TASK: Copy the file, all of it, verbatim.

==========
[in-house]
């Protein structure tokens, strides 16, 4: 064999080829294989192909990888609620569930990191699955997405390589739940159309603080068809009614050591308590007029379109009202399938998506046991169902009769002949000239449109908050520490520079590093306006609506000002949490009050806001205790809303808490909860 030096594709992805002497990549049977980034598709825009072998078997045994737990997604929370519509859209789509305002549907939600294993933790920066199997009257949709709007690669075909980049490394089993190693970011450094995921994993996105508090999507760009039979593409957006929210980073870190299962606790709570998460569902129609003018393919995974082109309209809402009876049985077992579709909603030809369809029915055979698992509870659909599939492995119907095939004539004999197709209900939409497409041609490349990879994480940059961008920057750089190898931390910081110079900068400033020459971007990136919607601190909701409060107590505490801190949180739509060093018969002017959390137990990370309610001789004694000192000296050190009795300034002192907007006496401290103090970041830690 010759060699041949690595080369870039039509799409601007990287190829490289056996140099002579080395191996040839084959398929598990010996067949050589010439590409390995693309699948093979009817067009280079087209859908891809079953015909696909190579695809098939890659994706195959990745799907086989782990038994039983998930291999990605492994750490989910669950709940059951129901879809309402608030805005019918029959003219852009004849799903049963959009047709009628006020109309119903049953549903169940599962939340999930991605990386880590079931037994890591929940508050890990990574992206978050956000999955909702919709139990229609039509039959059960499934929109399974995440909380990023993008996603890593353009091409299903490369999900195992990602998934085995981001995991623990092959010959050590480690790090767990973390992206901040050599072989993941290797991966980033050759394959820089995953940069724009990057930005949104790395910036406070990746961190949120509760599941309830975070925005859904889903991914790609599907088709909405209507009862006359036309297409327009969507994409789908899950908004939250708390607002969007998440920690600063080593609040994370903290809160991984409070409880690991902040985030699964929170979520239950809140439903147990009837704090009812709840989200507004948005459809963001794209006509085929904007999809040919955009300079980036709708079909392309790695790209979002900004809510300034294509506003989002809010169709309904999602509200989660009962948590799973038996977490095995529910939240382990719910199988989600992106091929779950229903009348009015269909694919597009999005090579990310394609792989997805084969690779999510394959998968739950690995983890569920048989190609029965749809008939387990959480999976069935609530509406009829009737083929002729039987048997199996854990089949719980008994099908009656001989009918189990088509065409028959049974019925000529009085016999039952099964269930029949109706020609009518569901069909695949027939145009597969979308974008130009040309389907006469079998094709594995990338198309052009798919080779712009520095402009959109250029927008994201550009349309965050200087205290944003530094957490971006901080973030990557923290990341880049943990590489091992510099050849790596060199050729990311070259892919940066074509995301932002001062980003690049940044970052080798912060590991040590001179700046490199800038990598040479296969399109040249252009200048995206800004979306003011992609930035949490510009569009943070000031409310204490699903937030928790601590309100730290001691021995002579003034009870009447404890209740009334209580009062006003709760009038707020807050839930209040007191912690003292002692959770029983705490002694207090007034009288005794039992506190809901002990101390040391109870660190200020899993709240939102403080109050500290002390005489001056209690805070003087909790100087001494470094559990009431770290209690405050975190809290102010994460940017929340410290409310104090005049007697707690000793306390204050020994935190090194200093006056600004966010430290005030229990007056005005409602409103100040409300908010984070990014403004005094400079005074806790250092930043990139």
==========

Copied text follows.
[in-house]
């Protein structure tokens, strides 16, 4: 064999080829294989192909990888609620569930990191699955997405390589739940159309603080068809009614050591308590007029379109009202399938998506046991169902009769002949000239449109908050520490520079590093306006609506000002949490009050806001205790809303808490909860 030096594709992805002497990549049977980034598709825009072998078997045994737990997604929370519509859209789509305002549907939600294993933790920066199997009257949709709007690669075909980049490394089993190693970011450094995921994993996105508090999507760009039979593409957006929210980073870190299962606790709570998460569902129609003018393919995974082109309209809402009876049985077992579709909603030809369809029915055979698992509870659909599939492995119907095939004539004999197709209900939409497409041609490349990879994480940059961008920057750089190898931390910081110079900068400033020459971007990136919607601190909701409060107590505490801190949180739509060093018969002017959390137990990370309610001789004694000192000296050190009795300034002192907007006496401290103090970041830690 010759060699041949690595080369870039039509799409601007990287190829490289056996140099002579080395191996040839084959398929598990010996067949050589010439590409390995693309699948093979009817067009280079087209859908891809079953015909696909190579695809098939890659994706195959990745799907086989782990038994039983998930291999990605492994750490989910669950709940059951129901879809309402608030805005019918029959003219852009004849799903049963959009047709009628006020109309119903049953549903169940599962939340999930991605990386880590079931037994890591929940508050890990990574992206978050956000999955909702919709139990229609039509039959059960499934929109399974995440909380990023993008996603890593353009091409299903490369999900195992990602998934085995981001995991623990092959010959050590480690790090767990973390992206901040050599072989993941290797991966980033050759394959820089995953940069724009990057930005949104790395910036406070990746961190949120509760599941309830975070925005859904889903991914790609599907088709909405209507009862006359036309297409327009969507994409789908899950908004939250708390607002969007998440920690600063080593609040994370903290809160991984409070409880690991902040985030699964929170979520239950809140439903147990009837704090009812709840989200507004948005459809963001794209006509085929904007999809040919955009300079980036709708079909392309790695790209979002900004809510300034294509506003989002809010169709309904999602509200989660009962948590799973038996977490095995529910939240382990719910199988989600992106091929779950229903009348009015269909694919597009999005090579990310394609792989997805084969690779999510394959998968739950690995983890569920048989190609029965749809008939387990959480999976069935609530509406009829009737083929002729039987048997199996854990089949719980008994099908009656001989009918189990088509065409028959049974019925000529009085016999039952099964269930029949109706020609009518569901069909695949027939145009597969979308974008130009040309389907006469079998094709594995990338198309052009798919080779712009520095402009959109250029927008994201550009349309965050200087205290944003530094957490971006901080973030990557923290990341880049943990590489091992510099050849790596060199050729990311070259892919940066074509995301932002001062980003690049940044970052080798912060590991040590001179700046490199800038990598040479296969399109040249252009200048995206800004979306003011992609930035949490510009569009943070000031409310204490699903937030928790601590309100730290001691021995002579003034009870009447404890209740009334209580009062006003709760009038707020807050839930209040007191912690003292002692959770029983705490002694207090007034009288005794039992506190809901002990101390040391109870660190200020899993709240939102403080109050500290002390005489001056209690805070003087909790100087001494470094559990009431770290209690405050975190809290102010994460940017929340410290409310104090005049007697707690000793306390204050020994935190090194200093006056600004966010430290005030229990007056005005409602409103100040409300908010984070990014403004005094400079005074806790250092930043990139």